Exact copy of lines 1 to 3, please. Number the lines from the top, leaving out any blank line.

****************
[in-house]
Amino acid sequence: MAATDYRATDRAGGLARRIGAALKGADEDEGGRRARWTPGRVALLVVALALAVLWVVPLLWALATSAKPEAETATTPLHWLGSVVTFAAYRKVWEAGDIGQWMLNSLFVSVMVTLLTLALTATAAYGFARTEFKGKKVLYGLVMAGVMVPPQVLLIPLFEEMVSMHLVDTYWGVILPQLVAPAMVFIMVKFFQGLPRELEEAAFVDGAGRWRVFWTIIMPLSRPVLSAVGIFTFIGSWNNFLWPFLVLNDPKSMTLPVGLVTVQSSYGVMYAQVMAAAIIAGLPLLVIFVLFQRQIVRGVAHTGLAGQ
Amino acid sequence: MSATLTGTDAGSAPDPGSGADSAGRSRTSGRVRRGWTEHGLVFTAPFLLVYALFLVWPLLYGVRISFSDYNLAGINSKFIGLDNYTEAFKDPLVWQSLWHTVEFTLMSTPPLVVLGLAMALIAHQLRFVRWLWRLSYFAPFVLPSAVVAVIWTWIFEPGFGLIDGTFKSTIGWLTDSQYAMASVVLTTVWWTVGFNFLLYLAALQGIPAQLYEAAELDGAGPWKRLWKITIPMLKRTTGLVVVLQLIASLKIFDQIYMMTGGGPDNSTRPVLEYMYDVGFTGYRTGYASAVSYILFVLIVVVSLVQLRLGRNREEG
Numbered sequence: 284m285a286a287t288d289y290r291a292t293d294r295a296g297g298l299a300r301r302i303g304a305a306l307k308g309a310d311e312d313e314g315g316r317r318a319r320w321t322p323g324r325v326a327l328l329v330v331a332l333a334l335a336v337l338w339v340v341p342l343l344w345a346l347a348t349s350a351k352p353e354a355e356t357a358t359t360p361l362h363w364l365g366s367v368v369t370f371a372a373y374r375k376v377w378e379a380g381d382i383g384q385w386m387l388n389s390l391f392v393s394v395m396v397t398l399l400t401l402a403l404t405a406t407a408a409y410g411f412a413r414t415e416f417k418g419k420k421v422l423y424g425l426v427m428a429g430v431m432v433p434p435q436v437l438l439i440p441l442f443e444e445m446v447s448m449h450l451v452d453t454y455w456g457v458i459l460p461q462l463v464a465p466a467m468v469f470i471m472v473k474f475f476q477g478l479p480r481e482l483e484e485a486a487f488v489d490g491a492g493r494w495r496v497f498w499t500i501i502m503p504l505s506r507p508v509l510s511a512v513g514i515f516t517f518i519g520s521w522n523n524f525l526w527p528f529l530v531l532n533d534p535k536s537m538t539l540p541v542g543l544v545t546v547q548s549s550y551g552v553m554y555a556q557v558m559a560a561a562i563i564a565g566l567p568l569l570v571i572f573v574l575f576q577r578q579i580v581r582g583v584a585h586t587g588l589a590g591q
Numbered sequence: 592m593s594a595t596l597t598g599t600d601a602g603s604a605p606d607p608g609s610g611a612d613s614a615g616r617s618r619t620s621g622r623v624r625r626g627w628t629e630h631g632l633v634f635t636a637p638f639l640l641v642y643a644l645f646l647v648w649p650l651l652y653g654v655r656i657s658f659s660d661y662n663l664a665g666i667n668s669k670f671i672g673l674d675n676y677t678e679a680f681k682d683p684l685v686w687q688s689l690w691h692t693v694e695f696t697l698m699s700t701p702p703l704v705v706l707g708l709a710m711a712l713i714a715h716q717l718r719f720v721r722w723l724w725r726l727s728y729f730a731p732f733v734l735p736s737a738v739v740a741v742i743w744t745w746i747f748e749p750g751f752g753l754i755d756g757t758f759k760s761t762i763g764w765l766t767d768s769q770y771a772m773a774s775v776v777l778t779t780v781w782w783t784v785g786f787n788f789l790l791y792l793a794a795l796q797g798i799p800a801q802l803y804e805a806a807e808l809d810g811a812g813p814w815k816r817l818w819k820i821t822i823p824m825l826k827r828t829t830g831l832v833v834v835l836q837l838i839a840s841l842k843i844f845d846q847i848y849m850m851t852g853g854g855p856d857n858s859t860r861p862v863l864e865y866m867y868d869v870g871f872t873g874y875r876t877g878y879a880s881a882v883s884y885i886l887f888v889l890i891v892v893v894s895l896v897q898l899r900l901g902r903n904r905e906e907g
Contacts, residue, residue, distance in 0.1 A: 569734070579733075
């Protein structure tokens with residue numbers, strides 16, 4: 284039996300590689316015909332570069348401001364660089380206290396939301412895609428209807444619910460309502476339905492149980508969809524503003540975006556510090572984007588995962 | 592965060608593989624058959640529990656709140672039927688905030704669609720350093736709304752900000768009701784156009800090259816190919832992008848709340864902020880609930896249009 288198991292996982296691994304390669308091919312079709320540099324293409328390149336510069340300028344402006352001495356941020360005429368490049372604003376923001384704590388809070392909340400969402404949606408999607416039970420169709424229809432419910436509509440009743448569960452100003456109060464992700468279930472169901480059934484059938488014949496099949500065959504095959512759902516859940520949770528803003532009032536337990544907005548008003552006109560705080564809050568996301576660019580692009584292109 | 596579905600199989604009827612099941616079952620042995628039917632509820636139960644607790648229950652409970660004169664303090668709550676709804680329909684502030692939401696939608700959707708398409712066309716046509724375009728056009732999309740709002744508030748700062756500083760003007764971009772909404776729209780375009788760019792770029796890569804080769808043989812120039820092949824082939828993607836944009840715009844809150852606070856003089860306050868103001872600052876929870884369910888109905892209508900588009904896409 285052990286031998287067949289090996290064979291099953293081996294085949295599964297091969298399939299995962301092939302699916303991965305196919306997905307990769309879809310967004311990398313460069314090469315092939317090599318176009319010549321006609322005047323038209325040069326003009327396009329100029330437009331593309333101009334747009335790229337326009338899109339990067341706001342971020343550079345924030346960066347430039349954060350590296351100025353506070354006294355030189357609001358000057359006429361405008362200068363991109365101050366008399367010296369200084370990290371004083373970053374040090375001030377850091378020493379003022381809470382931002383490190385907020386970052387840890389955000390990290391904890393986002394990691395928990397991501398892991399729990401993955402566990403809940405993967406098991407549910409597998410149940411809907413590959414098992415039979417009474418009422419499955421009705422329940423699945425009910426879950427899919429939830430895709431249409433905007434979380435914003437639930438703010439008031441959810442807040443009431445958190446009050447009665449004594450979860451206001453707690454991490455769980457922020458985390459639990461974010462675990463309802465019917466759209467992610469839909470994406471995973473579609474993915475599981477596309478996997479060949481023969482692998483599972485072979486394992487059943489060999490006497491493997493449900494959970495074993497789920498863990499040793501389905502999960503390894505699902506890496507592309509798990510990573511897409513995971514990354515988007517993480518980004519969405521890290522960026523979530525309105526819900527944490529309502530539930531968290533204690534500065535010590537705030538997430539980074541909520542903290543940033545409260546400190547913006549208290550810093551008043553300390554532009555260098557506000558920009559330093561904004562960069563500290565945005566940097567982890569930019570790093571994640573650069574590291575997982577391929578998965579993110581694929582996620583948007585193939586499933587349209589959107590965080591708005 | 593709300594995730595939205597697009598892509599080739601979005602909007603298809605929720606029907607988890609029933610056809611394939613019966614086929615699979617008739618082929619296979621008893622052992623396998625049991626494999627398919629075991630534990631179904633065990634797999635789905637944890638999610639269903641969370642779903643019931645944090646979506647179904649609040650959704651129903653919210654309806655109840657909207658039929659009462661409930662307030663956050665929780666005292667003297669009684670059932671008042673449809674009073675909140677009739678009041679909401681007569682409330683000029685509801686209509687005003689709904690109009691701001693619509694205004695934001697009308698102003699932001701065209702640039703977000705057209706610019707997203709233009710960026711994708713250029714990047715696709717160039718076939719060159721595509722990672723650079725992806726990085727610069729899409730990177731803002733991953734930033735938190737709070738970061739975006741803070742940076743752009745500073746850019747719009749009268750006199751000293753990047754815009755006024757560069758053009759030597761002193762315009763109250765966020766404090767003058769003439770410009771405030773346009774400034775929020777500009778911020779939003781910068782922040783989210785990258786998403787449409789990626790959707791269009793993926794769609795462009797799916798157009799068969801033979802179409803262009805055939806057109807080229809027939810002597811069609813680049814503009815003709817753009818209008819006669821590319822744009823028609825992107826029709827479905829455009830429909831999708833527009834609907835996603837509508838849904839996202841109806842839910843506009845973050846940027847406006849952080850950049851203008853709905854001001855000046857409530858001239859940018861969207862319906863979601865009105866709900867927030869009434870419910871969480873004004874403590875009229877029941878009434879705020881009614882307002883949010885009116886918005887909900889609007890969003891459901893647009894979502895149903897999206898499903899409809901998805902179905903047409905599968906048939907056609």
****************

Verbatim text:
[in-house]
Amino acid sequence: MAATDYRATDRAGGLARRIGAALKGADEDEGGRRARWTPGRVALLVVALALAVLWVVPLLWALATSAKPEAETATTPLHWLGSVVTFAAYRKVWEAGDIGQWMLNSLFVSVMVTLLTLALTATAAYGFARTEFKGKKVLYGLVMAGVMVPPQVLLIPLFEEMVSMHLVDTYWGVILPQLVAPAMVFIMVKFFQGLPRELEEAAFVDGAGRWRVFWTIIMPLSRPVLSAVGIFTFIGSWNNFLWPFLVLNDPKSMTLPVGLVTVQSSYGVMYAQVMAAAIIAGLPLLVIFVLFQRQIVRGVAHTGLAGQ
Amino acid sequence: MSATLTGTDAGSAPDPGSGADSAGRSRTSGRVRRGWTEHGLVFTAPFLLVYALFLVWPLLYGVRISFSDYNLAGINSKFIGLDNYTEAFKDPLVWQSLWHTVEFTLMSTPPLVVLGLAMALIAHQLRFVRWLWRLSYFAPFVLPSAVVAVIWTWIFEPGFGLIDGTFKSTIGWLTDSQYAMASVVLTTVWWTVGFNFLLYLAALQGIPAQLYEAAELDGAGPWKRLWKITIPMLKRTTGLVVVLQLIASLKIFDQIYMMTGGGPDNSTRPVLEYMYDVGFTGYRTGYASAVSYILFVLIVVVSLVQLRLGRNREEG